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CBE Seminar - Nanofluidic Technologies For Cancer Treatment

Thursday, March 29, 2018
9:30am – 10:30am

Storrs Campus
UTEB 150

Nanofluidic Technologies For Cancer Treatment And Regenerative Medicine

Dr. James Lee Helen C. Kurtz Chair of the William G. Lowrie Department of Chemical & Biomolecular Engineering

Micro/Nanofluidics based biochips are a major platform technology being developed in our center for next-generation biomedical applications such as cancer cell interrogation and regenerative medicine. It requires strong interdisciplinary collaboration among engineering, science and medicine. Here we show the development of a new technology, nanochannel electroporation (NEP) and its applications in several frontier medical fields. Many transfection techniques can deliver biomolecules into cells, but the dose cannot be controlled precisely. Delivering well-defined amounts of materials into cells is important for various biological studies and therapeutic applications. NEP may deliver precise amounts of a variety of transfection agents into individual living cells. The cell to be transfected is positioned next to a nanochannel. Delivering a voltage pulse across the nanochannel produces an intense electric field over a very small area on the cell membrane, allowing a precise amount of transfection agent to be electrophoretically driven through the nanochannel, the cell membrane and into the cell cytoplasm, without affecting cell viability. Dose control is achieved by adjusting the duration and number of pulses. Both 2D and 3D NEP biochips are successfully used for living cancer stem cell interrogation, a unique methodology to analyze rare cells for preventing cancer metastasis and relapse, as well as non-viral generation of induced neurons (iNs), endothelial cells (iECs) and induced pluripotent stem cells (iPSCs) with high efficiency, an important step to realize regenerative medicine. A NEP patch is also developed for skin transfection activated regeneration. Using mouse models, we demonstrated the potential of NEP biochips and NEP patch for future clinical use in stroke recovery and wound healing.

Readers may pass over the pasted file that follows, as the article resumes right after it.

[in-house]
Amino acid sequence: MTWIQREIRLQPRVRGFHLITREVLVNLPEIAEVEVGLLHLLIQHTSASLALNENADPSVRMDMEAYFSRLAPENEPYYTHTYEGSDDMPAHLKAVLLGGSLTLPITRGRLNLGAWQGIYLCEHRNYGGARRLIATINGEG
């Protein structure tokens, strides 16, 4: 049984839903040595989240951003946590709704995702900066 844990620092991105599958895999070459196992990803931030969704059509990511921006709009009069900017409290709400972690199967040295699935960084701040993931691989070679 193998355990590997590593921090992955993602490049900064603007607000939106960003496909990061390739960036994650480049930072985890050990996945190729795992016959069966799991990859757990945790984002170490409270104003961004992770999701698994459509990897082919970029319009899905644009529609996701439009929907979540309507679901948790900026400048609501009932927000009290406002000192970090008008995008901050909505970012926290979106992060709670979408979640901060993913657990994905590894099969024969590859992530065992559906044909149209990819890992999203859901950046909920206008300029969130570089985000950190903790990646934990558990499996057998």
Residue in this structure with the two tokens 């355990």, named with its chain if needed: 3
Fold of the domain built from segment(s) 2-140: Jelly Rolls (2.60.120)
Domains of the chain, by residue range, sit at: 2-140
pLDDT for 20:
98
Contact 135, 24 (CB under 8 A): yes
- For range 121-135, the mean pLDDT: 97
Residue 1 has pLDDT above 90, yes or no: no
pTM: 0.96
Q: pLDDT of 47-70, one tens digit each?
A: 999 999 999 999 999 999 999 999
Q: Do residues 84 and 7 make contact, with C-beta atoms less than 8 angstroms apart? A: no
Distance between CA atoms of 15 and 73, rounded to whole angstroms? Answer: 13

Dr. Lee is the Helen C. Kurtz Professor of Chemical and Biomolecular Engineering at The Ohio State University (OSU). He founded and serves as the Director of NSF Nanoscale Science and Engineering Center for Affordable Nanoengineering of Polymer Biomedical Devices (CANPBD) at OSU. He received a BS degree in chemical engineering from National Taiwan University and a Ph.D. degree in chemical engineering from University of Minnesota. Before joining OSU in 1982, he worked as a research scientist at General Tire and Rubber Company for 3 years. His research interest includes BioMEMS/NEMS, micro-/nanofabrication, and polymer and composite materials. He has more than 400 refereed journal publications, 30 patents and invention disclosures, and 14 book chapters. He was elected as the Fellow of Society of Plastics Engineers in 2001 and Fellow of American Institute for Medical and Biological Engineering in 2006. Dr. Lee received the 2008 Malcolm E. Pruitt Award from Council of Chemi

Contact:

leah.winterberger@uconn.edu

Chemical & Biomolecular Engineering (primary), Biomedical Engineering , Molecular and Cell Biology, UConn Health Biomedical Engineering, UConn Health Molecular Biology and Biophysics, UConn Master Calendar

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